There is a sense of optimism and wellbeing inside the Dalkeith based Fluid Therapy clinic as two enterprising young women take groups of older people through their exercise class.
Nicole Mudford and Emilie Stockwell started Fluid Therapy last January and already people attending the classes are feeling the benefit.
“We wanted both men and women taking part to feel comfortable and safe without judgment,” says Nicole.
“Our classes, which run Monday to Friday, cater for various needs and include advanced strength, functional strength, balance and clinical Pilates. The 12-week evidence based GLA:D (Good life with Osteoarthritis) class designed by researchers in Denmark is specifically tailored to help people with hip and knee osteoarthritis. Conservative management should always be the first line of treatment for people living with arthritis.
“We also run a Parkinson’s class for people suffering the disease.”
Each class has a maximum of 10 people, ensuring that everyone’s individual needs are met. Three people take part in the one-hour clinical reformer Pilates class.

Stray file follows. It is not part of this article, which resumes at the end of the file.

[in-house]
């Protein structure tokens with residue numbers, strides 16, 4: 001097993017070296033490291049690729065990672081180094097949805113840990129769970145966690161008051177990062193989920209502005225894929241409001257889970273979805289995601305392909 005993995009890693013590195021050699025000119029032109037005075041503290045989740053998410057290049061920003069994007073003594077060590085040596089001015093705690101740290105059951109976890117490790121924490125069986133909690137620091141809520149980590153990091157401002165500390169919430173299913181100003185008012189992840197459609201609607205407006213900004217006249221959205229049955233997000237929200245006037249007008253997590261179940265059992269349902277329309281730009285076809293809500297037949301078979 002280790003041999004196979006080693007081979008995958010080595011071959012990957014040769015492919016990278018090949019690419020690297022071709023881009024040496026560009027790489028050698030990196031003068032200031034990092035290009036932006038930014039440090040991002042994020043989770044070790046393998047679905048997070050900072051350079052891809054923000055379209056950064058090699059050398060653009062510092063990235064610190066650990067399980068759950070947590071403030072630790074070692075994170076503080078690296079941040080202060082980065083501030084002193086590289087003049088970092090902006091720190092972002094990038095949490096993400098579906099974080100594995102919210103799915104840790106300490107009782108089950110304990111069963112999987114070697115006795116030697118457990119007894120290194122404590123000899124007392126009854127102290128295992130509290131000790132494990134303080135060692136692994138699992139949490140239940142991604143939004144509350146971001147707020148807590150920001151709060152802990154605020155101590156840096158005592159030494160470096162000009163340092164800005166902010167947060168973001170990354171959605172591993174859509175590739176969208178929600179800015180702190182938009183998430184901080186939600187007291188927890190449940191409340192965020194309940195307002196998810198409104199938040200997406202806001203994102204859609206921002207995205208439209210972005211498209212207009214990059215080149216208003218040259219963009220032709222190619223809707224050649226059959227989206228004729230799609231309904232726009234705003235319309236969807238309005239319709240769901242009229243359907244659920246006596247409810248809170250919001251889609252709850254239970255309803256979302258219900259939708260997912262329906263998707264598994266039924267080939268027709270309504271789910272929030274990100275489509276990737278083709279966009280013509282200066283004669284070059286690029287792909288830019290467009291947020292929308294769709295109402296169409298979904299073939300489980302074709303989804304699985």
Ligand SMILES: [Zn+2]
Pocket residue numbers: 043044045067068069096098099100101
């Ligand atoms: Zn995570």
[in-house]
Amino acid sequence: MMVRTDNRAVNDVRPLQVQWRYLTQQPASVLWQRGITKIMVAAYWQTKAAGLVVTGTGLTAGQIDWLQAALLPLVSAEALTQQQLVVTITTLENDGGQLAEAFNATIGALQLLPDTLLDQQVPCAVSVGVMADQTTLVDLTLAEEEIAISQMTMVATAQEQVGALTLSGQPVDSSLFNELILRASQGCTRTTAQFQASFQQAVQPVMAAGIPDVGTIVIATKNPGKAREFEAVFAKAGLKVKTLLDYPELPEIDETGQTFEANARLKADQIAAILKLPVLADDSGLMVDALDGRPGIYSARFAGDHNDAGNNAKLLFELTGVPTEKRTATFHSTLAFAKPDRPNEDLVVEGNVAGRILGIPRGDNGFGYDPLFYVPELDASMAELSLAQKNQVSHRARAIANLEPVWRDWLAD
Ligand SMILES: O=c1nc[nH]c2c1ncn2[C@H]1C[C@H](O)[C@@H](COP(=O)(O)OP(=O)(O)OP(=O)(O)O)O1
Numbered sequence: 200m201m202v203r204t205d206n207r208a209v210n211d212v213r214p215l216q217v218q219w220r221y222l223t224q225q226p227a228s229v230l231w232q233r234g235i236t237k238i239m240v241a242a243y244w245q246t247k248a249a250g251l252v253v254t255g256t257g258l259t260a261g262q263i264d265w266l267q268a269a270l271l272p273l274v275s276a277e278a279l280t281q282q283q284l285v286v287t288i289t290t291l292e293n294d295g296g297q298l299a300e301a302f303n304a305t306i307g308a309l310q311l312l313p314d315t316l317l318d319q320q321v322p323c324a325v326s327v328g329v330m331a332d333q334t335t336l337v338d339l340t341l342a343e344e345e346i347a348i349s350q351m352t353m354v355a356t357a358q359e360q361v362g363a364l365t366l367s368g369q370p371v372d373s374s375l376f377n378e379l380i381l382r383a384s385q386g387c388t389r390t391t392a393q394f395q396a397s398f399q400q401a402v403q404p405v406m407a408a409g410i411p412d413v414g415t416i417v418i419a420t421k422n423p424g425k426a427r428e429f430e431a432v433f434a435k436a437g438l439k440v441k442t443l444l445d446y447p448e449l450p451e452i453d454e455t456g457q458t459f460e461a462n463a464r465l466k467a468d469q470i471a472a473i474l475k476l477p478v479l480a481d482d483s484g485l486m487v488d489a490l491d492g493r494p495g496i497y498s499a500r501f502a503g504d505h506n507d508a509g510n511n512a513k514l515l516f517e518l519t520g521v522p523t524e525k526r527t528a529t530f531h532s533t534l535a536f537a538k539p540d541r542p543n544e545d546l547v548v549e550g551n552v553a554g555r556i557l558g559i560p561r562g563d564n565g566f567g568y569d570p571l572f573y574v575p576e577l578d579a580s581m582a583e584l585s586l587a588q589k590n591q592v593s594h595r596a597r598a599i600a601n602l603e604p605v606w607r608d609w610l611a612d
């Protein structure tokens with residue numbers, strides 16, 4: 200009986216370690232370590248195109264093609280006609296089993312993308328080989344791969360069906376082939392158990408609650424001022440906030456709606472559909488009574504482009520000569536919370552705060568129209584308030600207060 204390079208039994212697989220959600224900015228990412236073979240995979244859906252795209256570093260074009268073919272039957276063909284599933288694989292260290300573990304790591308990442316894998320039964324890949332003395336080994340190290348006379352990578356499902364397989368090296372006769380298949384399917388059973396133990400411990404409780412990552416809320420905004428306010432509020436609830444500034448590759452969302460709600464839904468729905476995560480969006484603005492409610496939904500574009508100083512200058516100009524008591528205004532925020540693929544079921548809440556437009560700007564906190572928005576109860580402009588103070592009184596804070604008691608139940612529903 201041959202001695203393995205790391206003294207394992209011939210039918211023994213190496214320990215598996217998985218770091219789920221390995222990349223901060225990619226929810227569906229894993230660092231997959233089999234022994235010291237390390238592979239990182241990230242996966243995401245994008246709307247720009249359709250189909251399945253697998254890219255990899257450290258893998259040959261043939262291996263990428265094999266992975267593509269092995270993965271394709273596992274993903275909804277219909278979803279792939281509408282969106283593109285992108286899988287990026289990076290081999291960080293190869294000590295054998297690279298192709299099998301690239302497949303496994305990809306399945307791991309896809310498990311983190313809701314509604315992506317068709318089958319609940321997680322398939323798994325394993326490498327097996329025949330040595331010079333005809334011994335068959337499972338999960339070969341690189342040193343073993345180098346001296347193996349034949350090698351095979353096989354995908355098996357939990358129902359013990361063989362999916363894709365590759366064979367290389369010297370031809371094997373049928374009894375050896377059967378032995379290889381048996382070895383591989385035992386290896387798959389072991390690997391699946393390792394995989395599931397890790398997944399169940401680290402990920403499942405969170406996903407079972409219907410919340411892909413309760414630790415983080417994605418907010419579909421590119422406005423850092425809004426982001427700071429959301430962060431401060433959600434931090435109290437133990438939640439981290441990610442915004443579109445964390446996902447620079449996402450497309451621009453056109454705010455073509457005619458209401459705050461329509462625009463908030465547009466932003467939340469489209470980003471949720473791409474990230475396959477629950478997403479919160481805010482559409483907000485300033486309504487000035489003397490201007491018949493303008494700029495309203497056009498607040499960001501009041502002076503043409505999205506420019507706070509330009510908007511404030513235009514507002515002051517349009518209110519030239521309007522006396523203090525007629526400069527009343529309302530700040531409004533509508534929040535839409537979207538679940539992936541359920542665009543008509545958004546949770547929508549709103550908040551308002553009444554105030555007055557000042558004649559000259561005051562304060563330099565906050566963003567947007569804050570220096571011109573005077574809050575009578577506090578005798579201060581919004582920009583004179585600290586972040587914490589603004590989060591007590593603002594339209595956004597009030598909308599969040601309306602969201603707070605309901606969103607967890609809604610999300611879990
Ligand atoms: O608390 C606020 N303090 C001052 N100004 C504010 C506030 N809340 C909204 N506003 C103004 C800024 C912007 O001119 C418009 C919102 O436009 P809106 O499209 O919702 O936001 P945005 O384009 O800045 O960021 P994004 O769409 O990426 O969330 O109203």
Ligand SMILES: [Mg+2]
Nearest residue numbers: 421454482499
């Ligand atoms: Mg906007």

Nicole and Emilie both worked in aged care after graduating with a Bachelor of Physiotherapy from the University of Notre Dame. They now divide their time between the studio and working as site physiotherapists at Curtin Heritage Living in Cottesloe.
“People are often aware they have to stay well mentally but it is equally important to stay active physically,” Nicole says. “We have about 60 people attending our classes weekly, many people coming twice a week.
“We also do private sessions for 30-minutes to an hour, covering a wide range of health conditions and also make home visits in the western suburbs for those who prefer their own environment.”
Nicole says older people often face physical issues at home and don’t know where to turn for help.
“Apart from going to the gym there are few other options. We aim to deliver a specialised service while also extending our reach, with the goal to open more clinics in the future.
“We would like to run free education sessions for the public and raise awareness so people can make informed choices.”
People living with dementia can attend some of the classes or Nicole or Emilie can visit people at home.
“There is strong evidence that remaining physically active helps so much,” Nicole said. “We want to help our clients safely remain in their own home for as long as possible.”
People interested in taking part in the clinic can do so through their private health insurance. Department of Veterans Affairs clients and a GP management plan are also accepted.
Interested people can contact Fluid Therapy movement and wellbeing on 6323 2362, email admin@flu idtherapy.com.au or visit the website www.fluidtherapy.com.au.